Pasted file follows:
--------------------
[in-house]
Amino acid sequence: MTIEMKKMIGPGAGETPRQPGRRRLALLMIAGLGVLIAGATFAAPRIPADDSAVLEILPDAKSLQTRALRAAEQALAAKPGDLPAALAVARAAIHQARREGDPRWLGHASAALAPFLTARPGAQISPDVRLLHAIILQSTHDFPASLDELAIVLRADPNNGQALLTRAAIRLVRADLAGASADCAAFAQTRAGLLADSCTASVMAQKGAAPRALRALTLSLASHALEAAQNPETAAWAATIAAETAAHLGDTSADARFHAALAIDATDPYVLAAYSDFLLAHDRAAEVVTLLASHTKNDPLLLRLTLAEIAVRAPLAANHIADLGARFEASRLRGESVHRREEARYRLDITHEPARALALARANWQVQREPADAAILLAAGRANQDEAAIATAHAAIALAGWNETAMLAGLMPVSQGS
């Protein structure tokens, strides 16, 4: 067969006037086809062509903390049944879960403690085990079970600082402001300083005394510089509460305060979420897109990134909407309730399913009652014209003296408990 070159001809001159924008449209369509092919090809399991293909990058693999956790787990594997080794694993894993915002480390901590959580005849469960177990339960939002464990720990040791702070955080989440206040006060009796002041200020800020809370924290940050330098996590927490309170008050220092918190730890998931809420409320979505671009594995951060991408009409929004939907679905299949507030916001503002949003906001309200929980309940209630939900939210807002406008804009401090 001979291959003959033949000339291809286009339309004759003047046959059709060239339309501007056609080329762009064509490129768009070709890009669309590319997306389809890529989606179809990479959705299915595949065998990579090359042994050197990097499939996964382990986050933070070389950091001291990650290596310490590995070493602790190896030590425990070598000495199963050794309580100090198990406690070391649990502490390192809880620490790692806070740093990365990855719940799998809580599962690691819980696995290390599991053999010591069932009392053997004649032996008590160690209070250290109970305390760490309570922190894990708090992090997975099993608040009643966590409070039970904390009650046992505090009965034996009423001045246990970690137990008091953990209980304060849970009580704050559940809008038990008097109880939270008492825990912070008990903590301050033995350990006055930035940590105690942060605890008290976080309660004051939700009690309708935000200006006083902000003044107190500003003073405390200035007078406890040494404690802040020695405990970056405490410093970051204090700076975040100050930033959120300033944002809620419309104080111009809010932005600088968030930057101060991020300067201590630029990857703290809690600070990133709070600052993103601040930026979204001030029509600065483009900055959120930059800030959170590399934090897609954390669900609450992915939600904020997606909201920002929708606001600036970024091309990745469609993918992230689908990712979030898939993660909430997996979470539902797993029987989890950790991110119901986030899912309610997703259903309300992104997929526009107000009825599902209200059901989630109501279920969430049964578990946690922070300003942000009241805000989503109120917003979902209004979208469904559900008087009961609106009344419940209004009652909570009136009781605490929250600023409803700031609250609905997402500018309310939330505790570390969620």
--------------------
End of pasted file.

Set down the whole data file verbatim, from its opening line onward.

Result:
[in-house]
Amino acid sequence: MTIEMKKMIGPGAGETPRQPGRRRLALLMIAGLGVLIAGATFAAPRIPADDSAVLEILPDAKSLQTRALRAAEQALAAKPGDLPAALAVARAAIHQARREGDPRWLGHASAALAPFLTARPGAQISPDVRLLHAIILQSTHDFPASLDELAIVLRADPNNGQALLTRAAIRLVRADLAGASADCAAFAQTRAGLLADSCTASVMAQKGAAPRALRALTLSLASHALEAAQNPETAAWAATIAAETAAHLGDTSADARFHAALAIDATDPYVLAAYSDFLLAHDRAAEVVTLLASHTKNDPLLLRLTLAEIAVRAPLAANHIADLGARFEASRLRGESVHRREEARYRLDITHEPARALALARANWQVQREPADAAILLAAGRANQDEAAIATAHAAIALAGWNETAMLAGLMPVSQGS
């Protein structure tokens, strides 16, 4: 067969006037086809062509903390049944879960403690085990079970600082402001300083005394510089509460305060979420897109990134909407309730399913009652014209003296408990 070159001809001159924008449209369509092919090809399991293909990058693999956790787990594997080794694993894993915002480390901590959580005849469960177990339960939002464990720990040791702070955080989440206040006060009796002041200020800020809370924290940050330098996590927490309170008050220092918190730890998931809420409320979505671009594995951060991408009409929004939907679905299949507030916001503002949003906001309200929980309940209630939900939210807002406008804009401090 001979291959003959033949000339291809286009339309004759003047046959059709060239339309501007056609080329762009064509490129768009070709890009669309590319997306389809890529989606179809990479959705299915595949065998990579090359042994050197990097499939996964382990986050933070070389950091001291990650290596310490590995070493602790190896030590425990070598000495199963050794309580100090198990406690070391649990502490390192809880620490790692806070740093990365990855719940799998809580599962690691819980696995290390599991053999010591069932009392053997004649032996008590160690209070250290109970305390760490309570922190894990708090992090997975099993608040009643966590409070039970904390009650046992505090009965034996009423001045246990970690137990008091953990209980304060849970009580704050559940809008038990008097109880939270008492825990912070008990903590301050033995350990006055930035940590105690942060605890008290976080309660004051939700009690309708935000200006006083902000003044107190500003003073405390200035007078406890040494404690802040020695405990970056405490410093970051204090700076975040100050930033959120300033944002809620419309104080111009809010932005600088968030930057101060991020300067201590630029990857703290809690600070990133709070600052993103601040930026979204001030029509600065483009900055959120930059800030959170590399934090897609954390669900609450992915939600904020997606909201920002929708606001600036970024091309990745469609993918992230689908990712979030898939993660909430997996979470539902797993029987989890950790991110119901986030899912309610997703259903309300992104997929526009107000009825599902209200059901989630109501279920969430049964578990946690922070300003942000009241805000989503109120917003979902209004979208469904559900008087009961609106009344419940209004009652909570009136009781605490929250600023409803700031609250609905997402500018309310939330505790570390969620």